The bitter taste of tansy

“[Mince pies are] as essential to Christmas as pancake to Shrove Tuesday, tansy to Easter, furmity to Midlent Sunday or goose to Michaelmas day”

Lionel Thomas Berguer in The Connoisseur (1754)

The traditional Easter dish ‘tansy’ has largely been forgotten today, but for the Georgians it was as integral to the Easter festival as mince pies were to Christmas.

Members of the Tansy family, including common tansy (fig 11680) from J.C. Loudon's Encyclopaedia of Plants (1828)

Members of the Tansy family, including common tansy (fig 11680) from J.C. Loudon’s Encyclopaedia of Plants (1828)

The dish takes its name from the tansy flower, tanacetum vulgaris, the bitter flavour of which was a reminder of the bitter herbs (maror) eaten by Jews at Passover. In our recipe, tansy leaf extract is combined with spinach juice and then added to beaten egg yolks, sugar and naple biscuits. Cream, nutmeg, sack and rosewater are all and added to the mix before being put over the fire to cook.

To make a tansie Mrs Haynes way: an 18th century recipe from The Cookbook of Unknown Ladies

To make a tansie Mrs Haynes way: an 18th century recipe from The Cookbook of Unknown Ladies

To Make a Tansy –  Mrs Hayne’s Way (modernised spelling)

Take 12 yolks of eggs and beat them very well. Put half a pound of naple biscuit, a quarter of a pound of white sugar, a pint of spinach and tansy juice, a quart of cream, a nutmeg […] into a gill [¼ pint] of sack, the same of rose water. So, beat it up, put it into a skillet and put it over the fire till it is thick. So put it in the pan and fry it.

The result: a sweet, green-coloured omelette with the bitter undertone of tansy.

As time went on, the term ‘tansy’ was applied to a whole range of egg-based dishes, whether they contained tansy juice or not. One such recipe is a fruit fritter known as ”apple tansies’. We’ll be trying that one out later in the year…

Saffron cakes and the mystery of the Blew Peel

Saffron is the dried stigma of the autumn-flowering crocus sativus (saffron crocus). This plant was widely cultivated in early modern England, and its historic importance is recorded in several place names in the south-east of the country. Saffron Hill, near Farringdon, once formed part of an estate that grew crocuses for saffron. Croydon’s connection with saffron goes back to Saxon times and is commemorated in its name, croh meaning crocus or saffron, and don meaning valley.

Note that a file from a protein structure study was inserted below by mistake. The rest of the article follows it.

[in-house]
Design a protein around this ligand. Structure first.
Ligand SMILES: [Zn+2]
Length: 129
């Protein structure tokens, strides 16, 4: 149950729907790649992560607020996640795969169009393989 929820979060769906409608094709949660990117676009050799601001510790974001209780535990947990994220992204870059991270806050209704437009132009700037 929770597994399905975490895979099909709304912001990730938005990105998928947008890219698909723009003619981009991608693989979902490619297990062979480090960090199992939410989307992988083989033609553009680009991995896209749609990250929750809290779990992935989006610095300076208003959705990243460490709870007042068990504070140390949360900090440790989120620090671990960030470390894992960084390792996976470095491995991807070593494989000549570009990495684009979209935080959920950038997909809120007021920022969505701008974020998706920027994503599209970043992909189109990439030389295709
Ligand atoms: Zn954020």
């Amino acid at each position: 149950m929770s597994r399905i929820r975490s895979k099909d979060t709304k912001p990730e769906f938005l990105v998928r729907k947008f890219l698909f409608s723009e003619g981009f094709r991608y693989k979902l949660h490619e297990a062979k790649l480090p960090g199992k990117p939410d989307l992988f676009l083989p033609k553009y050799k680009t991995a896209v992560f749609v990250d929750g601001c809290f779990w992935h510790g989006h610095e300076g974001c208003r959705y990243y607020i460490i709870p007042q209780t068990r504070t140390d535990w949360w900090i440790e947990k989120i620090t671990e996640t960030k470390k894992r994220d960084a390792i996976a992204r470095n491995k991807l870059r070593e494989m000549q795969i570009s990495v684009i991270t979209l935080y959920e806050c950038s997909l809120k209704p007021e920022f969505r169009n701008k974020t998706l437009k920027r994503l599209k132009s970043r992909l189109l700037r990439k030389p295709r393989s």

Saffron Walden became one of the foremost saffron farming and trading centres of Tudor and Stuart England, thanks to its light, chalky soil that could sustain large crops of crocuses. The streets of Saffron Walden were said to turn  blue with petals during the saffron harvest, which took place between October and December.

By the early 18th century, the saffron industry was in decline. While harsh frosts in early autumn could effectively wipe out the English harvest, improving trade routes enabled merchants to import the spice from more reliable climates in Southern Europe. Imports in other spices and flavourings were also changing English tastes. Exotic products such as chocolate and vanilla contributed to the demise of saffron’s popularity in English kitchens.

Our Cookbook‘s recipe for saffron cakes favours English saffron over the imported spice, although by this time the country’s saffron trade was on the wane.

18th century recipe for making saffron cakes 'as ye woman at the Blew Peel does'. Extract from The Cookbook of Unknown Ladies

18th century recipe for making saffron cakes ‘as ye woman at the Blew Peel does’. Extract from The Cookbook of Unknown Ladies

To make saffron cakes as ye woman at The Blew Peel does (modernised spelling)

Take 6 quarts of flower, dry it and sift an ounce and a half of caraway seeds [and] 3 quarts of a pound of loaf sugar. Rub in[to] it a pound of butter. [Take] half an ounce of good English saffron dried and powdered very fine, steeped overnight in half a pint of milk; 12 eggs, beat their whites to a curd and mix the yolks with your saffron and milk, and set it over the fire. Stir a little more milk in it. Let it be just blood warm. Make a well in the middle and pour in your milk and whites and strain in half a pint of good barm. Work it up lightly to a paste [so] that it may be smooth. When you make your cakes, pat them with the palm of your hand. Prick them as they go into the oven, which must be very hot, cleaned out with a wet malkin.

Where was the ‘Blew Peel’, where this recipe is said to have its origins? We’ve found no reference to a pub of this name in the London area, nor to any of the obvious variations of this name (Blue Peel) etc. Could the recipe have travelled to our cookbook writers from another part of the country – maybe from as far as Devon or Cornwall, where the tradition of saffron buns is still strong today?

If you think you can help identify our mysterious ‘woman at the Blew Peel’, please get in touch!